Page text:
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Home / Verdicts and Settlements / Sandy Matelski, et al. v. ACUITY, A Mutual Insurance Company, et al.

Sandy Matelski, et al. v. ACUITY, A Mutual Insurance Company, et al.

PERSONAL INJURY: ZERO DOLLARS

Injuries claimed: The plaintiff claimed injuries to her neck, right shoulder, lower back and right knee as a result of the accident. The main issues were the neck and right shoulder. The plaintiff had two neck surgeries, resulting in a three-level fusion from C3-6. She also had surgery on her right shoulder.

Court: Milwaukee County Circuit Court

Case name: Sandy Matelski, et al. v. ACUITY, A Mutual Insurance Company, et al.

Case number: 06 CV 8499

Judge: Timothy G. Dugan

Verdict & Settlement: Jury returned defense verdict

Original amount sought: $2 Million

Original offer: $150,000

Award: Zero dollars

Date of incident: Sept. 16, 2003

Disposition date: Jan. 22, 2009

Original filing date: Sept. 12, 2006

Plaintiffs attorney (firm): Molly C. Lavin, Habush Habush & Rottier, S.C., Waukesha

Defendants attorney (firm): Michelle D. Johnson, Arthur P. Simpson, Simpson & Deardorff, S.C.

Insurance carrier: ACUITY, A Mutual Insurance Company

Plaintiffs expert witnesses: Dr. David Coran, Dr. Dennis Sullivan

Defendants expert witnesses: Dr. David Haskell

Defense counsels’ summary of the facts: This case arose out of a motor vehicle accident that occurred on Sept. 16, 2003. Three vehicles were involved in the accident. All three vehicles were eastbound on West Ryan Road in Milwaukee. Defendant Lemberger was operating the vehicle in front. Plaintiff Matelski was behind Lemberger. Defendant Schreiber was behind Matelski. Lemberger stopped for a red light at the intersection of West Ryan Road and South 13th St. Matelski claims she stopped behind Lemberger.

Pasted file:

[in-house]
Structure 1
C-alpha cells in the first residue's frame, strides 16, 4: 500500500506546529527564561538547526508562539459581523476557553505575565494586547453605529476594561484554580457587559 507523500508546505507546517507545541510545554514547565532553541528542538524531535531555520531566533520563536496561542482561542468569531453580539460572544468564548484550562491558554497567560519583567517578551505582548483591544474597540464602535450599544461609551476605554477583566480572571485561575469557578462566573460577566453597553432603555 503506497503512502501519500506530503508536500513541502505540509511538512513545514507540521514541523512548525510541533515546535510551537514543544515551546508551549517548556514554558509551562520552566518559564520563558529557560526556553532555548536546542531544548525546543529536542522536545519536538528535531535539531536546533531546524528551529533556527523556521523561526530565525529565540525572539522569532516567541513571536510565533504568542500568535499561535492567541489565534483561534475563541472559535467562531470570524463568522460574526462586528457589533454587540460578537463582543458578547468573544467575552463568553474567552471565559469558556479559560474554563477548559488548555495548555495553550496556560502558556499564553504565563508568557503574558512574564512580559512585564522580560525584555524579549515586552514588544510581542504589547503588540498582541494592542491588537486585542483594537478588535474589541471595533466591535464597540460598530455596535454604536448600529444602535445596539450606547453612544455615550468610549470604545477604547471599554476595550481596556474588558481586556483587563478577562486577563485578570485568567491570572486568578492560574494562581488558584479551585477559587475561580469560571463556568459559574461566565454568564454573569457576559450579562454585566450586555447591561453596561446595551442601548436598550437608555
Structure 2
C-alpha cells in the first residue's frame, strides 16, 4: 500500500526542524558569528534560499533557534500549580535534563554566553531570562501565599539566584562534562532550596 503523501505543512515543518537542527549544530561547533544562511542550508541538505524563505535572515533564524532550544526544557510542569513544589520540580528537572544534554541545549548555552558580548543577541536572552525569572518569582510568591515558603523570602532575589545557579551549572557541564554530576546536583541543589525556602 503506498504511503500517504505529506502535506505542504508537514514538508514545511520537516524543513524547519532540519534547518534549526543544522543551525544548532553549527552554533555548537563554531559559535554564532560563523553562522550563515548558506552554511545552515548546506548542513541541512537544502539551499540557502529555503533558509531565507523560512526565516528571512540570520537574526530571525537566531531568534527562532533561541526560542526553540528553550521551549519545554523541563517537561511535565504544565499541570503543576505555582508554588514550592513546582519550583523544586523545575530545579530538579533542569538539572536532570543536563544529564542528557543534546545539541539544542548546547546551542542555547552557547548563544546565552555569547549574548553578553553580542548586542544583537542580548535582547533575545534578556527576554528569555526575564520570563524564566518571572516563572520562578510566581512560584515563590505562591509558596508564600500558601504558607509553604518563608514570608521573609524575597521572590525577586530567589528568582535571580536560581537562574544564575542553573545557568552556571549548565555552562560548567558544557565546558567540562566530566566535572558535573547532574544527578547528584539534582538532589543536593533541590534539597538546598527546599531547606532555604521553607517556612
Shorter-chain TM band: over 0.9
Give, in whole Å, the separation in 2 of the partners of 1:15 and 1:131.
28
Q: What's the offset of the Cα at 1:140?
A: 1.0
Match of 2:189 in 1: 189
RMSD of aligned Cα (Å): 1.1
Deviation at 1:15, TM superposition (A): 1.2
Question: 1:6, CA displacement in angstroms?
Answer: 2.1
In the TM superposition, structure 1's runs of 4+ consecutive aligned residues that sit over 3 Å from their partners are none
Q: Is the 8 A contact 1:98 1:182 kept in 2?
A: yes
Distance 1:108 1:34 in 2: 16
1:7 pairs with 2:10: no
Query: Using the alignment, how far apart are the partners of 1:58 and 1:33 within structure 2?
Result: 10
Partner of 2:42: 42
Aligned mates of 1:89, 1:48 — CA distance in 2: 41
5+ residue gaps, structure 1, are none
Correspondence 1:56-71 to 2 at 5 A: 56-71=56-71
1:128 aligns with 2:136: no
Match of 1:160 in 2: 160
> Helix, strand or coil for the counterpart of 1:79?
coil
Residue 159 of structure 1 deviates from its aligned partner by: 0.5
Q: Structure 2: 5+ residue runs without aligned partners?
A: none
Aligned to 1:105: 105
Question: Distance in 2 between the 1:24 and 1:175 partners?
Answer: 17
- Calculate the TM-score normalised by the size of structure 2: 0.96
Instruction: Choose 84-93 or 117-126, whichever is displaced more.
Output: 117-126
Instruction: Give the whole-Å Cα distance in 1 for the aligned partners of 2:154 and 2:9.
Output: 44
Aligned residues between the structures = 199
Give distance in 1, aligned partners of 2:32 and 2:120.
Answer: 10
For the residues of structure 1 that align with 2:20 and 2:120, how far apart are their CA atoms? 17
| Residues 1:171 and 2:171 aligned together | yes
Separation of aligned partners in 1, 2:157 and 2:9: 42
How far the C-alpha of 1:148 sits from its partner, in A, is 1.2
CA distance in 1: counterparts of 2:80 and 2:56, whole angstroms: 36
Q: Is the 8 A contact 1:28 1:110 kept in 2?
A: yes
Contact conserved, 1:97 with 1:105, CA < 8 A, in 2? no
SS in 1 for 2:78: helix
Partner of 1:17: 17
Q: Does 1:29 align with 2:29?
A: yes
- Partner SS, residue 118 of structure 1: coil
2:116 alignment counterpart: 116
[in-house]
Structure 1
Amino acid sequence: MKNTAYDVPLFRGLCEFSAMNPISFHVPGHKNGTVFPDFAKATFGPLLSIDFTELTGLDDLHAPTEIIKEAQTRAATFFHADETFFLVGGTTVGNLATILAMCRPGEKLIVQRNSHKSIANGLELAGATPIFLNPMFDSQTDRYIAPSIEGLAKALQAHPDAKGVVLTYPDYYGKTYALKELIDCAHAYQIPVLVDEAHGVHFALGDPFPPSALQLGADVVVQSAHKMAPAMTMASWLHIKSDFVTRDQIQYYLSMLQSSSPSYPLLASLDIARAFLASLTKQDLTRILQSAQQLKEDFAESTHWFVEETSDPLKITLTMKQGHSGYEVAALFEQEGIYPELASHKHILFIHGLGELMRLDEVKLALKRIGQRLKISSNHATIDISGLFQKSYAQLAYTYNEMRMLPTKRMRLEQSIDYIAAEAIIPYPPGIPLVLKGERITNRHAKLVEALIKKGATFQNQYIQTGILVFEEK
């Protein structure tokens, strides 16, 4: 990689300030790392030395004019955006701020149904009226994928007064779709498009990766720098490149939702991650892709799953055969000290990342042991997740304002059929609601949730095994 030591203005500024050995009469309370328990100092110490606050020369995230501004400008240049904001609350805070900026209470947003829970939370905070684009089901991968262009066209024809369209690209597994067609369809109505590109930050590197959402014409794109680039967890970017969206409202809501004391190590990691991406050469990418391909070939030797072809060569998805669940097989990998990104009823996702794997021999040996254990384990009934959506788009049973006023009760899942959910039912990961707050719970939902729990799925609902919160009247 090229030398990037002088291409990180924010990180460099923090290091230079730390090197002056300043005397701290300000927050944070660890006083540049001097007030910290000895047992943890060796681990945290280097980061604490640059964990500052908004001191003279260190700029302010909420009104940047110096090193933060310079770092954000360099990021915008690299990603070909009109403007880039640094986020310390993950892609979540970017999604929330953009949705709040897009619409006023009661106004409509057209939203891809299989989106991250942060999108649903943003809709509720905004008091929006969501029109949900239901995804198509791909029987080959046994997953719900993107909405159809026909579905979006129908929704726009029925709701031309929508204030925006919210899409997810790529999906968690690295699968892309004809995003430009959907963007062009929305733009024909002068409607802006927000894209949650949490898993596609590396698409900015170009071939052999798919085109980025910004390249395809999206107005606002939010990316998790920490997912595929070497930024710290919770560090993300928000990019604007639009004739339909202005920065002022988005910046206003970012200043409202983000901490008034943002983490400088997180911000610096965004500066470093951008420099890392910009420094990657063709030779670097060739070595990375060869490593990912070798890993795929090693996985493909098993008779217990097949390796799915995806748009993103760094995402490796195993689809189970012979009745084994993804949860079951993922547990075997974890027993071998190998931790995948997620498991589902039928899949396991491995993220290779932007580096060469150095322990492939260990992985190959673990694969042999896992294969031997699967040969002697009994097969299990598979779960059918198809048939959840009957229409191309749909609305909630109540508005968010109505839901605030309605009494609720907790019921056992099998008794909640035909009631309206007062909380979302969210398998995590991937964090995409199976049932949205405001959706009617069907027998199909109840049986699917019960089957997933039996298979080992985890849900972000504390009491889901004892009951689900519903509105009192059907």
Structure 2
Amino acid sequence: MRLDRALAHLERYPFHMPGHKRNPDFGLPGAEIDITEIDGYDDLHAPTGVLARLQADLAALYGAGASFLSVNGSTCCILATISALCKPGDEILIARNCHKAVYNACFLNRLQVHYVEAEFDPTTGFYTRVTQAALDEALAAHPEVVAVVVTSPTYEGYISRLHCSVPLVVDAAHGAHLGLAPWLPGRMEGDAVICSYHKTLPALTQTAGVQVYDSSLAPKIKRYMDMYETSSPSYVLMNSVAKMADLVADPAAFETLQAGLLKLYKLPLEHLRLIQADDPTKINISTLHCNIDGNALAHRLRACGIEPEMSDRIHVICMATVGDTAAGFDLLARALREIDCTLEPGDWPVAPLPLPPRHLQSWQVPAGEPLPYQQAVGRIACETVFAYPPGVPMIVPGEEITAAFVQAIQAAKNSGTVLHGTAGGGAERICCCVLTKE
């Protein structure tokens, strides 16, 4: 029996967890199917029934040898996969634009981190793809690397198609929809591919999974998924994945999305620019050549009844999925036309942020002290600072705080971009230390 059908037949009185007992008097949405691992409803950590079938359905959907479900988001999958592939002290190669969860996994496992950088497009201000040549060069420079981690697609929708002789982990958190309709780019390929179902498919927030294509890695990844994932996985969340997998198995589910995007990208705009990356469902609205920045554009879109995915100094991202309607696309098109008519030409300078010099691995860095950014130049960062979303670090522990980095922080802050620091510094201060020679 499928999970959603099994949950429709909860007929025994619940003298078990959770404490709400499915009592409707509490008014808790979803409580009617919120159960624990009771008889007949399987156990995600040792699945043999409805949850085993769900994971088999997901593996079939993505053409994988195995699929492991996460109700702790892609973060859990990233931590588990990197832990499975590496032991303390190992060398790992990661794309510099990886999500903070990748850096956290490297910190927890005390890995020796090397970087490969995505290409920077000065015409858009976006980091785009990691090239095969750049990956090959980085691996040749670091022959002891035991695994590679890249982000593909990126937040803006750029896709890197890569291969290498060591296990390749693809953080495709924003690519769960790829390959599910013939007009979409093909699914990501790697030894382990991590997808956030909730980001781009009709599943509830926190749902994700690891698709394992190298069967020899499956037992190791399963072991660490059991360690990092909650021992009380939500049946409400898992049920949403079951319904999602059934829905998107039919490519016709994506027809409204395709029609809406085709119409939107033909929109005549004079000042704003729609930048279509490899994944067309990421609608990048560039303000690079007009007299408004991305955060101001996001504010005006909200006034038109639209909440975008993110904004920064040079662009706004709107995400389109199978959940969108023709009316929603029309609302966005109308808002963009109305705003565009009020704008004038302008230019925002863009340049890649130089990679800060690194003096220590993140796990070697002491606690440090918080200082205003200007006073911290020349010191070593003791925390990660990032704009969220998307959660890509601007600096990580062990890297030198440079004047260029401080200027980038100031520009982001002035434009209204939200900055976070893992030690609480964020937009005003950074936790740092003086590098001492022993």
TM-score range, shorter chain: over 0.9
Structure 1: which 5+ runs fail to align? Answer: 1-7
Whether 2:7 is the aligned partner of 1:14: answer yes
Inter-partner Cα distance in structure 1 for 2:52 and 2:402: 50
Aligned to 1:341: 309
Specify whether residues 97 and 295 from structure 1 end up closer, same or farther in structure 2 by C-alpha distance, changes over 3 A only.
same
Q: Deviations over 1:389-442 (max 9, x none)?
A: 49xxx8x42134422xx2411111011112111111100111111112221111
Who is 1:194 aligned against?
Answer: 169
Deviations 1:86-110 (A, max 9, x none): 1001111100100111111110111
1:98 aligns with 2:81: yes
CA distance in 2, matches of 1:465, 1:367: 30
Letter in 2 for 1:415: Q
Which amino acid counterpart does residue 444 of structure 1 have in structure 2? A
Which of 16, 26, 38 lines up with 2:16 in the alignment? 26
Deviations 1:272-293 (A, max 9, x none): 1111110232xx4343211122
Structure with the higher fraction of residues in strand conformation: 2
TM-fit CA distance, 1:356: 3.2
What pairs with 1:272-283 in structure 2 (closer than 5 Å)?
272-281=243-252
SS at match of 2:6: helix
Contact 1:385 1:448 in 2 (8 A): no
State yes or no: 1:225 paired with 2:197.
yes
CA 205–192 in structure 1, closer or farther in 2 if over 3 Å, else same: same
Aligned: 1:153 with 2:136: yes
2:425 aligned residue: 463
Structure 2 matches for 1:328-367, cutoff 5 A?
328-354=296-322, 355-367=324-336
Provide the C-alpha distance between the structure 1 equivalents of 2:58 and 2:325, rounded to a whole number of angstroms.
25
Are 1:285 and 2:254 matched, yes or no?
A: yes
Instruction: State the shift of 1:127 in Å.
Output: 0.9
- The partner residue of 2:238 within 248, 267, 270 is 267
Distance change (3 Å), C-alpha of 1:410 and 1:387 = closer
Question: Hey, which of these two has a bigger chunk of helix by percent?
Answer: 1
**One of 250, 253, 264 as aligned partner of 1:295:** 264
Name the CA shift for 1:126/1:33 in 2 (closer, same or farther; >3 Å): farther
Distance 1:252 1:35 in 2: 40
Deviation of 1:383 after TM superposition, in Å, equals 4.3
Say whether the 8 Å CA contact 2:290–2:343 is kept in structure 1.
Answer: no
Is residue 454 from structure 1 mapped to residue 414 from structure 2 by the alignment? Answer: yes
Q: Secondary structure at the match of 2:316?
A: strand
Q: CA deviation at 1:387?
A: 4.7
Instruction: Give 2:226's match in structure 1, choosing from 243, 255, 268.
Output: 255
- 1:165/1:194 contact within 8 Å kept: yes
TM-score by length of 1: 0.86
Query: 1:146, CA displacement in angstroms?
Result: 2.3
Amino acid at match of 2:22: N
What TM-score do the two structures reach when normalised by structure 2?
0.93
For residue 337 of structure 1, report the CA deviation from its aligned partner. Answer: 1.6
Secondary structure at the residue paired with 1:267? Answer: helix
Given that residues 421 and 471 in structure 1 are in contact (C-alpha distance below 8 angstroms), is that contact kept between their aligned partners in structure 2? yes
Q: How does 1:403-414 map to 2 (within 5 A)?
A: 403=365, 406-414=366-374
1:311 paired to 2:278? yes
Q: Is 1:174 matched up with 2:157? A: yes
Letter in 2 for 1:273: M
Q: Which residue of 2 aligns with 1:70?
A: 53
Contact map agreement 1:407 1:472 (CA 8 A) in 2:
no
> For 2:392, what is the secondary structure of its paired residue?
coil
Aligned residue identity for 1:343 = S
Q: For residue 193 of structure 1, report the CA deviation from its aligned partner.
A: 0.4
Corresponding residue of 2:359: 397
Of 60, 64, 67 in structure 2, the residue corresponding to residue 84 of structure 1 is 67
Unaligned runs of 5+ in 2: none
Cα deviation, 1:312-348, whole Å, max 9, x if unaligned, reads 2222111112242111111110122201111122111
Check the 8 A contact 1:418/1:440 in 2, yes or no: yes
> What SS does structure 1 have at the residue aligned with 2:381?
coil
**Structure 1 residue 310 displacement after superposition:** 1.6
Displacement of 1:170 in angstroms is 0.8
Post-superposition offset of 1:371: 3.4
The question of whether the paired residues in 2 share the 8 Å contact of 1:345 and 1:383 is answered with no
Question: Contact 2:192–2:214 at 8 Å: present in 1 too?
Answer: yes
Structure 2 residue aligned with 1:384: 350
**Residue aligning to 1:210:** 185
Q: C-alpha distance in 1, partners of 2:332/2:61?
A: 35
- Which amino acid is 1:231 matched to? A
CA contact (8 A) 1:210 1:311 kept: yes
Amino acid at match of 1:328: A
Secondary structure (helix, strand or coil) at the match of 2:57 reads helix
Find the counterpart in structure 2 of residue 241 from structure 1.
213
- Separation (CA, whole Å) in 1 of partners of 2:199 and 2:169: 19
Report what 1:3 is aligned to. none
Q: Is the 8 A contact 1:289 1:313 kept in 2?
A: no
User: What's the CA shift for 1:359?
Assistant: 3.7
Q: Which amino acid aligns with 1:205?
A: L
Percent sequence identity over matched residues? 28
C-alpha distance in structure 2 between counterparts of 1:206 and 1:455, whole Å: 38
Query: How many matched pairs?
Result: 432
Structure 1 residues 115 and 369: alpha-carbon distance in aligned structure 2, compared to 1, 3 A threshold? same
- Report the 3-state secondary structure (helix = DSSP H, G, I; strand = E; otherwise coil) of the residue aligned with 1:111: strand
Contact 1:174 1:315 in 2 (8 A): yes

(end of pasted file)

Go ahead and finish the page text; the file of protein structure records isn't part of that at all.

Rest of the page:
Schreiber claimed he stopped for the light as well. After the light turned green, Lemberger began to accelerate away from the light. She intended to make a U-turn at the median that was east of the intersection. As soon as she cleared the intersection, she claimed she activated her left turn signal to warn the following vehicles that she intended to make a U-turn. Lemberger slowed and began to make her turn. She was then hit from behind.

The plaintiff claimed Lemberger did not activate her turn signal. However, the plaintiff saw Lemberger’s brake lights come on and was able to stop behind Lemberger without rear-ending her. The plaintiff claims she was then hit from the rear by Schreiber, which pushed her vehicle into Lemberger’s.

The plaintiff filed suit against both Lemberger and Schreiber, claiming that they were both negligent and that their negligence was a proximate cause of the plaintiff’s injuries.

Schreiber and his insurer reached a settlement prior to trial. The plaintiff proceeded to trial against Lemberger and her insurer based on the claim that Lemberger did not use her turn signal and short-stopped the vehicles behind her.

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